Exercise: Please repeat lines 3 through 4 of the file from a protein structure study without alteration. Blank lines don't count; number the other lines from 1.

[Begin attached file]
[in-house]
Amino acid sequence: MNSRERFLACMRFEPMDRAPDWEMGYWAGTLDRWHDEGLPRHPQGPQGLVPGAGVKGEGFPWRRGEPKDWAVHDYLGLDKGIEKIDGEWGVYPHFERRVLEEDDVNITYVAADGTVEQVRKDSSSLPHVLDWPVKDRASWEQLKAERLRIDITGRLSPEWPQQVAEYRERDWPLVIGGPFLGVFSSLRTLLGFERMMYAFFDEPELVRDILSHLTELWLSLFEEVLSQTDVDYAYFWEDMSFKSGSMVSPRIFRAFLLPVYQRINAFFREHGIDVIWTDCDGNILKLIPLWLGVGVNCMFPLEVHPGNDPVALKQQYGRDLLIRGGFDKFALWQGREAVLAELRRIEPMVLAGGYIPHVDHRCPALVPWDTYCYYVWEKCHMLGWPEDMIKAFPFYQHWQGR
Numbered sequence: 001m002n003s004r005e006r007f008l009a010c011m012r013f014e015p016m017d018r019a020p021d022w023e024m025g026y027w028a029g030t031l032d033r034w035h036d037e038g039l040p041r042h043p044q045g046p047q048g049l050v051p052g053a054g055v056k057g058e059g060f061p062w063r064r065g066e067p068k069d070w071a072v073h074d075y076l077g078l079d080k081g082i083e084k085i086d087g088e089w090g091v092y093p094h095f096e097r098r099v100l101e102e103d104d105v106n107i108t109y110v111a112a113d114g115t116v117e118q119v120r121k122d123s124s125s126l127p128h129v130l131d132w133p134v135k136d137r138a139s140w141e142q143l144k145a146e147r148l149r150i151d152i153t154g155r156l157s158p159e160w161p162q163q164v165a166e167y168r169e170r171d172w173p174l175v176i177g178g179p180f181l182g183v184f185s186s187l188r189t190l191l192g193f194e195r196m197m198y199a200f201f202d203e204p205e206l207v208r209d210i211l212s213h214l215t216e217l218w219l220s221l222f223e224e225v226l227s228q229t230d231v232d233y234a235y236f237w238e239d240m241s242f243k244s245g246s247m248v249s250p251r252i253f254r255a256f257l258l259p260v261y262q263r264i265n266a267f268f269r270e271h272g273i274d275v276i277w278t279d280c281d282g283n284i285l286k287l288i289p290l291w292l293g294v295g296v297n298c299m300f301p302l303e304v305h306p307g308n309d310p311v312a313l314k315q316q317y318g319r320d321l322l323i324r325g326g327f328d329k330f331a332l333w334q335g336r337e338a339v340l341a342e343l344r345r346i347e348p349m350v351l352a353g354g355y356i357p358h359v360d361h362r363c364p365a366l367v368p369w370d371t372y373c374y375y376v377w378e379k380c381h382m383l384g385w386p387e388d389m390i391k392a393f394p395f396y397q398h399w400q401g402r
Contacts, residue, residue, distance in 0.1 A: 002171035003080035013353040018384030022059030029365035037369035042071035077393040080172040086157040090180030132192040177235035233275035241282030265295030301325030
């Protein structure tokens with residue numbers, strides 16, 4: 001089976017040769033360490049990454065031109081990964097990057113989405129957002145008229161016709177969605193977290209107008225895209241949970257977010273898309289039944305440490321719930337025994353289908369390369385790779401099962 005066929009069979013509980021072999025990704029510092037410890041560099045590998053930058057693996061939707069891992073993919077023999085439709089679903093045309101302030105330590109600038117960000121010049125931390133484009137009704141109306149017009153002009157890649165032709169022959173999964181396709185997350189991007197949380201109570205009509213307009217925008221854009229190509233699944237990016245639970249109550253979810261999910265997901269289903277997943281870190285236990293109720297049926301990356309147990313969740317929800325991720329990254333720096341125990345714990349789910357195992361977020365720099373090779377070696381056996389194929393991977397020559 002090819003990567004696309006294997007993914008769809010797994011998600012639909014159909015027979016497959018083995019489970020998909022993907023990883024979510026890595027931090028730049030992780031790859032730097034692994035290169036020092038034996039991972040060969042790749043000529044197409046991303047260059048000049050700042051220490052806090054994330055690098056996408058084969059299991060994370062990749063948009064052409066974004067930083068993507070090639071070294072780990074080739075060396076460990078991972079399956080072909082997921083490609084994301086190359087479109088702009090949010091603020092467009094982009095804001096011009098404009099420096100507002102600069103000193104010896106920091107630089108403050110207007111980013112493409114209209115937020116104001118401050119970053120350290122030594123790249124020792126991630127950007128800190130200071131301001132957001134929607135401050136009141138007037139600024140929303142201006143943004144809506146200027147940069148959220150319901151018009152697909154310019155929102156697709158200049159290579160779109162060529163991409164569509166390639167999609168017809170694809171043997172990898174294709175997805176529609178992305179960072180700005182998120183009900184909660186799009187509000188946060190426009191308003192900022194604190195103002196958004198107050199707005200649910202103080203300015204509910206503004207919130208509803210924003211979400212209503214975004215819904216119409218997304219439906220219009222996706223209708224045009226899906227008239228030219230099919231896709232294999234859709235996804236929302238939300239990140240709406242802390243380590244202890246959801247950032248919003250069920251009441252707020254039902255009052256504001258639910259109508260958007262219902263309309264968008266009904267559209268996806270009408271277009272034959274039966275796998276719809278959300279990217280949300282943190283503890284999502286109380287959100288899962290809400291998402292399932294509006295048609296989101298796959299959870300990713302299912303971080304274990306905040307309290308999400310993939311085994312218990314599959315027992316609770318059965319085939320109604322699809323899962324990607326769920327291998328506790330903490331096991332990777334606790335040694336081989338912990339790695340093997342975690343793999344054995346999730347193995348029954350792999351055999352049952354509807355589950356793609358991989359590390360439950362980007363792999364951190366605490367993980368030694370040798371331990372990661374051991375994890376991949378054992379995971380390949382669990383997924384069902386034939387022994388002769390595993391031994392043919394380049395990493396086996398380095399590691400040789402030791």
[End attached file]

Numbered sequence: 001m002n003s004r005e006r007f008l009a010c011m012r013f014e015p016m017d018r019a020p021d022w023e024m025g026y027w028a029g030t031l032d033r034w035h036d037e038g039l040p041r042h043p044q045g046p047q048g049l050v051p052g053a054g055v056k057g058e059g060f061p062w063r064r065g066e067p068k069d070w071a072v073h074d075y076l077g078l079d080k081g082i083e084k085i086d087g088e089w090g091v092y093p094h095f096e097r098r099v100l101e102e103d104d105v106n107i108t109y110v111a112a113d114g115t116v117e118q119v120r121k122d123s124s125s126l127p128h129v130l131d132w133p134v135k136d137r138a139s140w141e142q143l144k145a146e147r148l149r150i151d152i153t154g155r156l157s158p159e160w161p162q163q164v165a166e167y168r169e170r171d172w173p174l175v176i177g178g179p180f181l182g183v184f185s186s187l188r189t190l191l192g193f194e195r196m197m198y199a200f201f202d203e204p205e206l207v208r209d210i211l212s213h214l215t216e217l218w219l220s221l222f223e224e225v226l227s228q229t230d231v232d233y234a235y236f237w238e239d240m241s242f243k244s245g246s247m248v249s250p251r252i253f254r255a256f257l258l259p260v261y262q263r264i265n266a267f268f269r270e271h272g273i274d275v276i277w278t279d280c281d282g283n284i285l286k287l288i289p290l291w292l293g294v295g296v297n298c299m300f301p302l303e304v305h306p307g308n309d310p311v312a313l314k315q316q317y318g319r320d321l322l323i324r325g326g327f328d329k330f331a332l333w334q335g336r337e338a339v340l341a342e343l344r345r346i347e348p349m350v351l352a353g354g355y356i357p358h359v360d361h362r363c364p365a366l367v368p369w370d371t372y373c374y375y376v377w378e379k380c381h382m383l384g385w386p387e388d389m390i391k392a393f394p395f396y397q398h399w400q401g402r
Contacts, residue, residue, distance in 0.1 A: 002171035003080035013353040018384030022059030029365035037369035042071035077393040080172040086157040090180030132192040177235035233275035241282030265295030301325030